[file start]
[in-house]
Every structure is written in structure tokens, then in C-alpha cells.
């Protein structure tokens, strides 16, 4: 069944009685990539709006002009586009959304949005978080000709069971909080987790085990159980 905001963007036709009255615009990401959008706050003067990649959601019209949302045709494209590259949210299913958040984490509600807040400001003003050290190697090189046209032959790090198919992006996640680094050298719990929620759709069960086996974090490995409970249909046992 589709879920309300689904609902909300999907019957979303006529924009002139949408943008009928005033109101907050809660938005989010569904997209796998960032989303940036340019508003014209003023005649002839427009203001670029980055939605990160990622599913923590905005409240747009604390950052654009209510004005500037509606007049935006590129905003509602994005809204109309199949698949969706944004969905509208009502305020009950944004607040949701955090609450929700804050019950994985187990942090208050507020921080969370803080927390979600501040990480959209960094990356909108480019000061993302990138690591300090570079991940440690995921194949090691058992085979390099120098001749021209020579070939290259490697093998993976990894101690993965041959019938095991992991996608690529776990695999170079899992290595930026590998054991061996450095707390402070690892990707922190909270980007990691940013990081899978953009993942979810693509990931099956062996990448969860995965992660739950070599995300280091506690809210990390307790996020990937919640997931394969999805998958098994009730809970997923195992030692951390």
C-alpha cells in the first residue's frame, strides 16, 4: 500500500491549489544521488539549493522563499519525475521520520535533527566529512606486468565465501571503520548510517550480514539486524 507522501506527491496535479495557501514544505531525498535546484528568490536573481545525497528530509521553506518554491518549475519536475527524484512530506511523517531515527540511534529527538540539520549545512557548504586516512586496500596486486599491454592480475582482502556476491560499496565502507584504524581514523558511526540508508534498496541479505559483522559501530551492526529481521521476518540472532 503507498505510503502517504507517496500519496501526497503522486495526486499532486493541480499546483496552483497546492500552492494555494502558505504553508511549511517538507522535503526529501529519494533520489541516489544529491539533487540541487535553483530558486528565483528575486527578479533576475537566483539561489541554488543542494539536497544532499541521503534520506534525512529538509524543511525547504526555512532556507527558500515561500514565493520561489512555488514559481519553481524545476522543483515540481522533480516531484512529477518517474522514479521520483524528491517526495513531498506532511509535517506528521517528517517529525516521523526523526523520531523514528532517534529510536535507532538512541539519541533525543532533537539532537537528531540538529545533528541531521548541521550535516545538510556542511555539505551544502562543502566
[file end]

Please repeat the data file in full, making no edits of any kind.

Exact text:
[in-house]
Every structure is written in structure tokens, then in C-alpha cells.
């Protein structure tokens, strides 16, 4: 069944009685990539709006002009586009959304949005978080000709069971909080987790085990159980 905001963007036709009255615009990401959008706050003067990649959601019209949302045709494209590259949210299913958040984490509600807040400001003003050290190697090189046209032959790090198919992006996640680094050298719990929620759709069960086996974090490995409970249909046992 589709879920309300689904609902909300999907019957979303006529924009002139949408943008009928005033109101907050809660938005989010569904997209796998960032989303940036340019508003014209003023005649002839427009203001670029980055939605990160990622599913923590905005409240747009604390950052654009209510004005500037509606007049935006590129905003509602994005809204109309199949698949969706944004969905509208009502305020009950944004607040949701955090609450929700804050019950994985187990942090208050507020921080969370803080927390979600501040990480959209960094990356909108480019000061993302990138690591300090570079991940440690995921194949090691058992085979390099120098001749021209020579070939290259490697093998993976990894101690993965041959019938095991992991996608690529776990695999170079899992290595930026590998054991061996450095707390402070690892990707922190909270980007990691940013990081899978953009993942979810693509990931099956062996990448969860995965992660739950070599995300280091506690809210990390307790996020990937919640997931394969999805998958098994009730809970997923195992030692951390």
C-alpha cells in the first residue's frame, strides 16, 4: 500500500491549489544521488539549493522563499519525475521520520535533527566529512606486468565465501571503520548510517550480514539486524 507522501506527491496535479495557501514544505531525498535546484528568490536573481545525497528530509521553506518554491518549475519536475527524484512530506511523517531515527540511534529527538540539520549545512557548504586516512586496500596486486599491454592480475582482502556476491560499496565502507584504524581514523558511526540508508534498496541479505559483522559501530551492526529481521521476518540472532 503507498505510503502517504507517496500519496501526497503522486495526486499532486493541480499546483496552483497546492500552492494555494502558505504553508511549511517538507522535503526529501529519494533520489541516489544529491539533487540541487535553483530558486528565483528575486527578479533576475537566483539561489541554488543542494539536497544532499541521503534520506534525512529538509524543511525547504526555512532556507527558500515561500514565493520561489512555488514559481519553481524545476522543483515540481522533480516531484512529477518517474522514479521520483524528491517526495513531498506532511509535517506528521517528517517529525516521523526523526523520531523514528532517534529510536535507532538512541539519541533525543532533537539532537537528531540538529545533528541531521548541521550535516545538510556542511555539505551544502562543502566